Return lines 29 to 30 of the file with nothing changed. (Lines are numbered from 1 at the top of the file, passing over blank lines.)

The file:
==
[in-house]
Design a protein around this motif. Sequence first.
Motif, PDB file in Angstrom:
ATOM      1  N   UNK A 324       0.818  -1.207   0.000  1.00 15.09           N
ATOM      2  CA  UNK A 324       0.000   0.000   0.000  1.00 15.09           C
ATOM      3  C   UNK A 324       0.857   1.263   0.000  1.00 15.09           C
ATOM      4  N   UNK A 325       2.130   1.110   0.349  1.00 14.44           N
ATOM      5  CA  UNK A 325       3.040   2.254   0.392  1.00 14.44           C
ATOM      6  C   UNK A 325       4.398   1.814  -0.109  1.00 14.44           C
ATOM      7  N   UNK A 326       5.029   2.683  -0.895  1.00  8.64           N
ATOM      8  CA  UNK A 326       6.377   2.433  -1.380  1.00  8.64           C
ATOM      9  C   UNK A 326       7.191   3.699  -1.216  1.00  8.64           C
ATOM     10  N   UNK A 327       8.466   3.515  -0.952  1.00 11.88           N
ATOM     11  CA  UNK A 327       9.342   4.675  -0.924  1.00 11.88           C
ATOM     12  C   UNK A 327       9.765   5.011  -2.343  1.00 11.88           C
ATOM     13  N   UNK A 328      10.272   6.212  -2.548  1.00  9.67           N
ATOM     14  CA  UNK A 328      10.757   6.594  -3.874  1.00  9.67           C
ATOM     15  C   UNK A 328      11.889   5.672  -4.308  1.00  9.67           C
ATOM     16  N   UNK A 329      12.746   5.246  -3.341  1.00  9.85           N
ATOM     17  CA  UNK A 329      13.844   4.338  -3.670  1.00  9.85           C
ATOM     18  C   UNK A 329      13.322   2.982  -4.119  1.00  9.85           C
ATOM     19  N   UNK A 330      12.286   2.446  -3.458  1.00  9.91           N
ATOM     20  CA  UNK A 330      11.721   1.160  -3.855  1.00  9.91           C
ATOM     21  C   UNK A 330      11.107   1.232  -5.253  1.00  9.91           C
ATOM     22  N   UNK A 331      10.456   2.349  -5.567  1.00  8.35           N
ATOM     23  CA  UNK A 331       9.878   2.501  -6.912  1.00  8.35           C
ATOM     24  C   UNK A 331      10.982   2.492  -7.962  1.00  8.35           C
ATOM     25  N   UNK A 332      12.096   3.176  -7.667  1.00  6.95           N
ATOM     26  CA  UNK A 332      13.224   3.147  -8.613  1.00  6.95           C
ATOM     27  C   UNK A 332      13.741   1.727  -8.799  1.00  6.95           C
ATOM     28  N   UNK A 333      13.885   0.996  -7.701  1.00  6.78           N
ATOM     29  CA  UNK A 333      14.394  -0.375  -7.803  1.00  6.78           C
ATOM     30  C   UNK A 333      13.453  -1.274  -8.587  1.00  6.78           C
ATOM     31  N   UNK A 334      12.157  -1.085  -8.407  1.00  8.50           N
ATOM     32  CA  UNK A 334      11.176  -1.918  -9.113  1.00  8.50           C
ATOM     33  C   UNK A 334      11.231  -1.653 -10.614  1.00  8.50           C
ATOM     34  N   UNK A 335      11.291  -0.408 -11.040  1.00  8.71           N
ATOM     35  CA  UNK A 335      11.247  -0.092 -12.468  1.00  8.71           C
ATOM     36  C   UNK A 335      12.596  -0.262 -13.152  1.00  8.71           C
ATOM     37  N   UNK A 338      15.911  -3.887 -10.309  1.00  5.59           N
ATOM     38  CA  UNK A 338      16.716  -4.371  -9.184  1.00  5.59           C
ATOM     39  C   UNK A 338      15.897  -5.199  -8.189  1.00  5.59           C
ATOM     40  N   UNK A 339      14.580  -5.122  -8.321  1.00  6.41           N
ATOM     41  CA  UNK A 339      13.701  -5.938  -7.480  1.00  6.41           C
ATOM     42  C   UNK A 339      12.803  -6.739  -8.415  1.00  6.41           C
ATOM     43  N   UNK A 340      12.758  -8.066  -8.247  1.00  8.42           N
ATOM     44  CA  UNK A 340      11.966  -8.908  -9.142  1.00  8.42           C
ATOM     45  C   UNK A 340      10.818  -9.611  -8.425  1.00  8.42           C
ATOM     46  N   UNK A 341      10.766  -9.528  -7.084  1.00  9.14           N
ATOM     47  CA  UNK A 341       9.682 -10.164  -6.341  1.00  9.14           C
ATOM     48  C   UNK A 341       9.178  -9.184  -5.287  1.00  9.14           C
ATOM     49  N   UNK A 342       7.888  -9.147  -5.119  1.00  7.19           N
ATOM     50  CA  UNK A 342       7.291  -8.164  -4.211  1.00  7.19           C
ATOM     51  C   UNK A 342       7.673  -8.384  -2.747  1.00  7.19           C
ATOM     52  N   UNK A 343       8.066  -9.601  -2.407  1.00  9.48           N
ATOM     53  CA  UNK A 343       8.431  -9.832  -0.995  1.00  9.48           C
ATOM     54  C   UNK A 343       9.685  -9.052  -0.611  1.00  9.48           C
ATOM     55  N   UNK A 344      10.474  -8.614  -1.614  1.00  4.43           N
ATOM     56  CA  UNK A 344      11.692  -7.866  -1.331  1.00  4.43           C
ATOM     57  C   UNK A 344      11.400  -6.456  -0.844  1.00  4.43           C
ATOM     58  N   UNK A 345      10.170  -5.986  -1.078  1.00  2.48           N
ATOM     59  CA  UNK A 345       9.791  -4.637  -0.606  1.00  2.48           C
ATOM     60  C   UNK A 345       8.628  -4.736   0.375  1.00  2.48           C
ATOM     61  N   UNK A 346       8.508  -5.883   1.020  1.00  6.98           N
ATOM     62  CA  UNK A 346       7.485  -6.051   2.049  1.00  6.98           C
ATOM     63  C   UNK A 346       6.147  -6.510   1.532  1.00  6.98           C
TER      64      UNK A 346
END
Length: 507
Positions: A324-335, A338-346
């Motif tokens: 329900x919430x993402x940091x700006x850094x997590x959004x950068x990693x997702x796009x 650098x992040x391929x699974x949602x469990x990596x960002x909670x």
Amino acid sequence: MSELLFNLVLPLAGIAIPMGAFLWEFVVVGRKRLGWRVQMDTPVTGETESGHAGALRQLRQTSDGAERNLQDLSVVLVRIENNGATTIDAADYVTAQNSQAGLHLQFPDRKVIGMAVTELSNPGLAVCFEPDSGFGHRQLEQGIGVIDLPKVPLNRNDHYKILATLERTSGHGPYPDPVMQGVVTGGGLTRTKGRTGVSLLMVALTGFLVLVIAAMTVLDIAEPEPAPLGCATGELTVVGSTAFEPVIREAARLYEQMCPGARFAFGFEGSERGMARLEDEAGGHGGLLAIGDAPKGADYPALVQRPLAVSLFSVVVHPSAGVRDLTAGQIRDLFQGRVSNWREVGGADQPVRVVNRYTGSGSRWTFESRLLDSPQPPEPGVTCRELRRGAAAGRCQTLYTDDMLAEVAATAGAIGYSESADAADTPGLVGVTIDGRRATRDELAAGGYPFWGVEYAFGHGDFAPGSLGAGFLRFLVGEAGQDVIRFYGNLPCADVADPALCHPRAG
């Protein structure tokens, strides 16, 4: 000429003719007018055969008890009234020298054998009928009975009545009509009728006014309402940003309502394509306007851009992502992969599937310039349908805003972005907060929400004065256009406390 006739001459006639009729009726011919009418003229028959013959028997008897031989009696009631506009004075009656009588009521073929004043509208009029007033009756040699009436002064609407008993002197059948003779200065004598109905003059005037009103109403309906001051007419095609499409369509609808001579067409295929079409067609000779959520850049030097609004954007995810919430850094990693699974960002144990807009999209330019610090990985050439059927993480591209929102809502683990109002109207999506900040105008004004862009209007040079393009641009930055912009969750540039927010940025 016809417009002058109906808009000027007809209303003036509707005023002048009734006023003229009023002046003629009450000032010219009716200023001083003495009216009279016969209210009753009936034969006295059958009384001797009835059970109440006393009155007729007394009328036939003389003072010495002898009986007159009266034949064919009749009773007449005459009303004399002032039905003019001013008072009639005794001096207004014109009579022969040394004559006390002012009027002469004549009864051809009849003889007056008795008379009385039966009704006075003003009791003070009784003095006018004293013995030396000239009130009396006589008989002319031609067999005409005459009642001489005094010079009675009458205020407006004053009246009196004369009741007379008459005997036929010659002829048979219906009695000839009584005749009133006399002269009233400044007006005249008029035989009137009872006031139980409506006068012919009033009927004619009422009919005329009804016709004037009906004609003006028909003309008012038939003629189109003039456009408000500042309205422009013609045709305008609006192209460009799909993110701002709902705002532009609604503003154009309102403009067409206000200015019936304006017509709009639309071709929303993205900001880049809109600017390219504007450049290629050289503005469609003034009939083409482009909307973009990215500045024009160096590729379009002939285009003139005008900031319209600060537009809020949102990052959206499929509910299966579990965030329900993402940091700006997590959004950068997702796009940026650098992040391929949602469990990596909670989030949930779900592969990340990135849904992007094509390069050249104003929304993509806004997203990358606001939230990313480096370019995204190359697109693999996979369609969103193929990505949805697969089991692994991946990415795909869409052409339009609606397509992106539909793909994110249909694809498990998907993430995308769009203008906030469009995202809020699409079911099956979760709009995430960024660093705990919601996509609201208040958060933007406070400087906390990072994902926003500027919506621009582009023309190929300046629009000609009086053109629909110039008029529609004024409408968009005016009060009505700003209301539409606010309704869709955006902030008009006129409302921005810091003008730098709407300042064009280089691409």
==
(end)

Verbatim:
ATOM     26  CA  UNK A 332      13.224   3.147  -8.613  1.00  6.95           C
ATOM     27  C   UNK A 332      13.741   1.727  -8.799  1.00  6.95           C